Update: 3:31 p.m.
Just when it looked like the 12-day retransmission standoff between Cablevision and Fox might be coming to an end, the two companies resumed their battle positions on Wednesday afternoon.
A fresh round of charges and countercharges flew after Fox rejected the cable provider's latest bid on carriage fees, calling it "not acceptable" and a "publicity stunt."
With the first game of the World Series scheduled to air on Wednesday night, Cablevision said earlier that it was willing to meet some of Fox's demands.
Cablevision announced that it was willing to pay the same rate that Fox charges Time-Warner Cable for carriage of WNYW-Fox 5 New York and WTXF-Fox 29 Philadelphia for a period of one year.
But that wasn't good enough for Fox. In a statement, Fox called the proposal "incomplete." The network said Cablevision was still trying to get a discounted packaged deal for its suite of channels, and that Fox was interested in negotiating either a stand-alone deal on each individual channel or reaching the same terms it had worked out with other providers.
"Cablevision is seeking a discounted “package rate” without buying the entire package," Fox said in a statement. "Cablevision’s offer – sent to the press just as it was provided to us – is yet another in a long line of publicity stunts."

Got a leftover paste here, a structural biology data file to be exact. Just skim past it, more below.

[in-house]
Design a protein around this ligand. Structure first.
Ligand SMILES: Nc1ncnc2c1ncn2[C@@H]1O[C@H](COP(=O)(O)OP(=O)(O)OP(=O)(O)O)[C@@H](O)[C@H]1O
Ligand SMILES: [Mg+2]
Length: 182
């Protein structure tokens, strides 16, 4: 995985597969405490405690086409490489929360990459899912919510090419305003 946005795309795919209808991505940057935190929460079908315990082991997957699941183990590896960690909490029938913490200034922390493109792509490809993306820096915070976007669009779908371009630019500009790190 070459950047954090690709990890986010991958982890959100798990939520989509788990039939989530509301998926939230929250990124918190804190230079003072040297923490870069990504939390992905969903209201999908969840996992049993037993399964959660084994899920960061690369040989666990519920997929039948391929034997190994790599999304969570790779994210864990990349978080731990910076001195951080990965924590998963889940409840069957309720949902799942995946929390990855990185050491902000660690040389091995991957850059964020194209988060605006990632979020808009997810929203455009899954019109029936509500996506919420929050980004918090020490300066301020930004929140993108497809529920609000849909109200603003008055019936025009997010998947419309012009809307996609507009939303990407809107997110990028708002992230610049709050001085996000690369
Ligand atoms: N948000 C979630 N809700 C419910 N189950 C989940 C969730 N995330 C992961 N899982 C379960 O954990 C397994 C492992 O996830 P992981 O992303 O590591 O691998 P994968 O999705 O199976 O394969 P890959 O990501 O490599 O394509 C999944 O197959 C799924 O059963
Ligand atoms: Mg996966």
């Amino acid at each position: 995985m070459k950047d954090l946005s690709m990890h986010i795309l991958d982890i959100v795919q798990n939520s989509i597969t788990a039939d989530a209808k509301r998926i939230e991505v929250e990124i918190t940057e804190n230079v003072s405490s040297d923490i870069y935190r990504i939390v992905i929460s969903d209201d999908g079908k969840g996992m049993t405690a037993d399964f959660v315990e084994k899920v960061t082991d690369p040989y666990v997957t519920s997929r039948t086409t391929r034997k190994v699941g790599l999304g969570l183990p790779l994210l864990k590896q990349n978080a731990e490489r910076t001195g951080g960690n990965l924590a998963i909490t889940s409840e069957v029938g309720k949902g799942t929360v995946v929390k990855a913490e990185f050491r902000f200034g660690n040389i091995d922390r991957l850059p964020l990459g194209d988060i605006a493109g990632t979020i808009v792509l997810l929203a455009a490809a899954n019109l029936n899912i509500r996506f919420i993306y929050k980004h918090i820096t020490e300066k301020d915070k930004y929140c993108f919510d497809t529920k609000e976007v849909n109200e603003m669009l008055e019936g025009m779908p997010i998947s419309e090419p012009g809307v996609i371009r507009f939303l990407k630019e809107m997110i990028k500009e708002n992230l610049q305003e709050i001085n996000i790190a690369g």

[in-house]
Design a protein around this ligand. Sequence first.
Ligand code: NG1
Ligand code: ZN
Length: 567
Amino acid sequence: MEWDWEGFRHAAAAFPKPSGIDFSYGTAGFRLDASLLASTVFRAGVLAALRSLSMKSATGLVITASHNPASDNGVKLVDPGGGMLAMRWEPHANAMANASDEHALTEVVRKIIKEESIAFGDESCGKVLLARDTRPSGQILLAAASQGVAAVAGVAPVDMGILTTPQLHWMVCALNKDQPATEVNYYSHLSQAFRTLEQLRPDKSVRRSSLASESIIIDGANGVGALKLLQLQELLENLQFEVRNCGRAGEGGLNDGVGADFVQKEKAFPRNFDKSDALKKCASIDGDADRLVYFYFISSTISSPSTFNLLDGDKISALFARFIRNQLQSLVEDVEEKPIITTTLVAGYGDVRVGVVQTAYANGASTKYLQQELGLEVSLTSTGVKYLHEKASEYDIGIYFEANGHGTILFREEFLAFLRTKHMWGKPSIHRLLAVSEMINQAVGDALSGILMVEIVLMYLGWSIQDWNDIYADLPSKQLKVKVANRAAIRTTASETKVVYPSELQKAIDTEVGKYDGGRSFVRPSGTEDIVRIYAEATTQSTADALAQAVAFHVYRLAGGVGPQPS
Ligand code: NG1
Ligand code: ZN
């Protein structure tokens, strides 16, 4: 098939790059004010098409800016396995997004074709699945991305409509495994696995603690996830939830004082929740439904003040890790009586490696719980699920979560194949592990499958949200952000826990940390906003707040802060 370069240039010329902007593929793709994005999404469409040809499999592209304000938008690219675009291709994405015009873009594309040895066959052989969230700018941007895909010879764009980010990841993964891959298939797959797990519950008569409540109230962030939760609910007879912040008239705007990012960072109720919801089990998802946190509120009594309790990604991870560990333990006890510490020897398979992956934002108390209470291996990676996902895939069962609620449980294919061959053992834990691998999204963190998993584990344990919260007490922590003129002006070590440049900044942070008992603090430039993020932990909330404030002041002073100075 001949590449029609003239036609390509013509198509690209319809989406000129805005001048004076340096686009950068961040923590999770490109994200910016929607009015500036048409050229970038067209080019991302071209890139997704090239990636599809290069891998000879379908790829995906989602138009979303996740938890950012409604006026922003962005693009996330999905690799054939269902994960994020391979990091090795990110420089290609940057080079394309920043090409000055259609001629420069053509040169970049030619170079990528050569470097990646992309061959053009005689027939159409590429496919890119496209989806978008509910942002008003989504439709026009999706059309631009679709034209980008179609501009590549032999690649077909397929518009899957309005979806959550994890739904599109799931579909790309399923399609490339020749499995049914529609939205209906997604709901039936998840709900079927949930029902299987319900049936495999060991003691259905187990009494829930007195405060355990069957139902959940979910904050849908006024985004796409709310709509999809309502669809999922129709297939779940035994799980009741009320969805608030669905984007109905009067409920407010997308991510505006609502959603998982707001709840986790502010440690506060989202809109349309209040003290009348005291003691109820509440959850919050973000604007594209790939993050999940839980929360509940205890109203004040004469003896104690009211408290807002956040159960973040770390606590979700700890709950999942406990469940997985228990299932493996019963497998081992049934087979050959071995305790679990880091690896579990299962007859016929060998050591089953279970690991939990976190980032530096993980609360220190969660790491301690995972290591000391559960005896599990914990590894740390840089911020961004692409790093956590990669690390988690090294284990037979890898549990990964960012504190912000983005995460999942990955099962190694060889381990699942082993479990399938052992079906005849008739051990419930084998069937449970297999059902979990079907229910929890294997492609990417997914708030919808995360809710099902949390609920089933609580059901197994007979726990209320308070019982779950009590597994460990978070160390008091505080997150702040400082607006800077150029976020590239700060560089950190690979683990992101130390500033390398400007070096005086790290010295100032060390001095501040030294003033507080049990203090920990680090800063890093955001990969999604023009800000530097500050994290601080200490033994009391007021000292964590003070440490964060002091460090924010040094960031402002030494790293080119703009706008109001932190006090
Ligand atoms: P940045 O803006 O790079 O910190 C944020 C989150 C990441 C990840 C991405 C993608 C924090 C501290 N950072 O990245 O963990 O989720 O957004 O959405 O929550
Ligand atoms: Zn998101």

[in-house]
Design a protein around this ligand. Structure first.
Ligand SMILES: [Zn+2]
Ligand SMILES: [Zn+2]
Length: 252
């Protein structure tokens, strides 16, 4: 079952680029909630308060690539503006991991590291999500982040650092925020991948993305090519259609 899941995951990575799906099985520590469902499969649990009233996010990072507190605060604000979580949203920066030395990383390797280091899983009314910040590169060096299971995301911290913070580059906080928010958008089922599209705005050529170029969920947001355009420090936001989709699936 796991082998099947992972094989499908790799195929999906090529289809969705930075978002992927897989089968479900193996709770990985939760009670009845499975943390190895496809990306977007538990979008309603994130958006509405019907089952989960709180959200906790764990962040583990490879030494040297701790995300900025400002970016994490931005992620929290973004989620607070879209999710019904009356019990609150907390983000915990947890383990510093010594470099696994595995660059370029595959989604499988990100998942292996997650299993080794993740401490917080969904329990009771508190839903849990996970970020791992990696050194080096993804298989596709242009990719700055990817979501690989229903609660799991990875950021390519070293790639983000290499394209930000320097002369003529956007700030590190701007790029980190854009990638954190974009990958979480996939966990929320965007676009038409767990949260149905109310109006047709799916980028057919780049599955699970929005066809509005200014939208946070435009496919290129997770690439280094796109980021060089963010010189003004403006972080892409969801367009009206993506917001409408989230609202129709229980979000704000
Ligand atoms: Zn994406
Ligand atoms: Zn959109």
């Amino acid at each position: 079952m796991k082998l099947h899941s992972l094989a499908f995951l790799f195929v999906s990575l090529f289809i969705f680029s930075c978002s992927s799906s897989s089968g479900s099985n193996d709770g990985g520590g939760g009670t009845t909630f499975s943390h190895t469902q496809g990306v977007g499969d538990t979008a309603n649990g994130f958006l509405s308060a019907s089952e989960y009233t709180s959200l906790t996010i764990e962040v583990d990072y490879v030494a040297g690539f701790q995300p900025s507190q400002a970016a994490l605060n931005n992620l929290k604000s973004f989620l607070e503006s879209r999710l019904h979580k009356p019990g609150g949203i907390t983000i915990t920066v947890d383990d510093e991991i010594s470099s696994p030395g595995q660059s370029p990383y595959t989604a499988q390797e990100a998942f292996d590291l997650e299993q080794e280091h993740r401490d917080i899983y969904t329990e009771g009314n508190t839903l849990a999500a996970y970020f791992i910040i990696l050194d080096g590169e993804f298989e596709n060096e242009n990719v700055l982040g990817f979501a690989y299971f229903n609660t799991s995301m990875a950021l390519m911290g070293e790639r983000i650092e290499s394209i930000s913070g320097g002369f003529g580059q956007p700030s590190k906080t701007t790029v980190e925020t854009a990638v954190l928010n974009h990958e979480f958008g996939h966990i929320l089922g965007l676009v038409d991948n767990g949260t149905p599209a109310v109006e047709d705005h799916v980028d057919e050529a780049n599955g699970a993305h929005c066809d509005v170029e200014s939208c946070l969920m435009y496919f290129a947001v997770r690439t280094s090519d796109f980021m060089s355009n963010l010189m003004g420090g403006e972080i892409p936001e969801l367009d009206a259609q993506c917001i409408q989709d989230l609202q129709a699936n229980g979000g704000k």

Cablevision hit back, arguing that Fox's rejection was evidence that the network was negotiating in bad faith. It called on the Federal Communications Commission to intervene and restore the signal. As it has throughout the standoff, Cablevision said it was time for the government to force Fox into binding arbitration.
"On behalf of our customers, we are very disappointed that we offered News Corp. what they asked to be paid for Fox 5 and Fox 29 and News Corp. has said no," Cablevision said in a statement.
The latest volley of riffle fire signals that more than 3 million Cablevision subscribers in the New York area will miss the game tonight as the San Francisco Giants square off against the Texas Rangers for the series crown.
To soften the blow, Cablevision said that it will reimburse customers who pay to watch the post-season games on MLB.com. Customers who purchase the package will have a $10 credit applied to their monthly bill within two billing cycles.
Many analysts have speculated that Cablevision chief James Dolan is using the retransmission standoff to force Congress to intervene and draft new legislation dictating how carriage disputes would be conducted going forward.